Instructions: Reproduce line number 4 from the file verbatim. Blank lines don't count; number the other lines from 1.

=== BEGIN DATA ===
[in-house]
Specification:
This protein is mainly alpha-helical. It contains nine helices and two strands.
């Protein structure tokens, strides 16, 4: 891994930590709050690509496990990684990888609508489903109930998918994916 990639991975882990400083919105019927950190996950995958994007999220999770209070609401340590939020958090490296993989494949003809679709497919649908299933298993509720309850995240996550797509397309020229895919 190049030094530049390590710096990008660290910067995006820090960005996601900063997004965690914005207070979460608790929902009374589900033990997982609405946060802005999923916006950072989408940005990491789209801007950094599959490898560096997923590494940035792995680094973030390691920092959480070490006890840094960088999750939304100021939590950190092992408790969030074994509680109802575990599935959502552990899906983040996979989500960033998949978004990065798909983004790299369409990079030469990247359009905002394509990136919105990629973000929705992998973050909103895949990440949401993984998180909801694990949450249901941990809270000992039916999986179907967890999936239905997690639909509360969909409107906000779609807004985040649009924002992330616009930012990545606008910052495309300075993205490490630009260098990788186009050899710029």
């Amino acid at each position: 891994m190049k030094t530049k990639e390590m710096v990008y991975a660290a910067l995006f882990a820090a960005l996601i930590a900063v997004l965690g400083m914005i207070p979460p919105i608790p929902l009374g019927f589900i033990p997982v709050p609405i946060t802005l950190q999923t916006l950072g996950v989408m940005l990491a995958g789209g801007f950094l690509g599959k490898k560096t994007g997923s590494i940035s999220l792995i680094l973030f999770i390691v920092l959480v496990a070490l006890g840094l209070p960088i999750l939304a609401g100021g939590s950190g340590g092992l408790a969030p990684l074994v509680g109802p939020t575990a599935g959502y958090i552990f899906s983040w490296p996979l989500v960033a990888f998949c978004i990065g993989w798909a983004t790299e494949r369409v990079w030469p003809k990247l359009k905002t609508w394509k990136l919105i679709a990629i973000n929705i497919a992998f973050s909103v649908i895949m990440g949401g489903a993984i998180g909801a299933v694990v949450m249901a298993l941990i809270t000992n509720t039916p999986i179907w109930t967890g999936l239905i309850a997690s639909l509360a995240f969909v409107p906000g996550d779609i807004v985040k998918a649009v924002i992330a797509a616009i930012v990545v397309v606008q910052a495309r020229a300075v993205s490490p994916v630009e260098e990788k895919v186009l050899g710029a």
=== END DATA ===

């Protein structure tokens, strides 16, 4: 891994930590709050690509496990990684990888609508489903109930998918994916 990639991975882990400083919105019927950190996950995958994007999220999770209070609401340590939020958090490296993989494949003809679709497919649908299933298993509720309850995240996550797509397309020229895919 190049030094530049390590710096990008660290910067995006820090960005996601900063997004965690914005207070979460608790929902009374589900033990997982609405946060802005999923916006950072989408940005990491789209801007950094599959490898560096997923590494940035792995680094973030390691920092959480070490006890840094960088999750939304100021939590950190092992408790969030074994509680109802575990599935959502552990899906983040996979989500960033998949978004990065798909983004790299369409990079030469990247359009905002394509990136919105990629973000929705992998973050909103895949990440949401993984998180909801694990949450249901941990809270000992039916999986179907967890999936239905997690639909509360969909409107906000779609807004985040649009924002992330616009930012990545606008910052495309300075993205490490630009260098990788186009050899710029």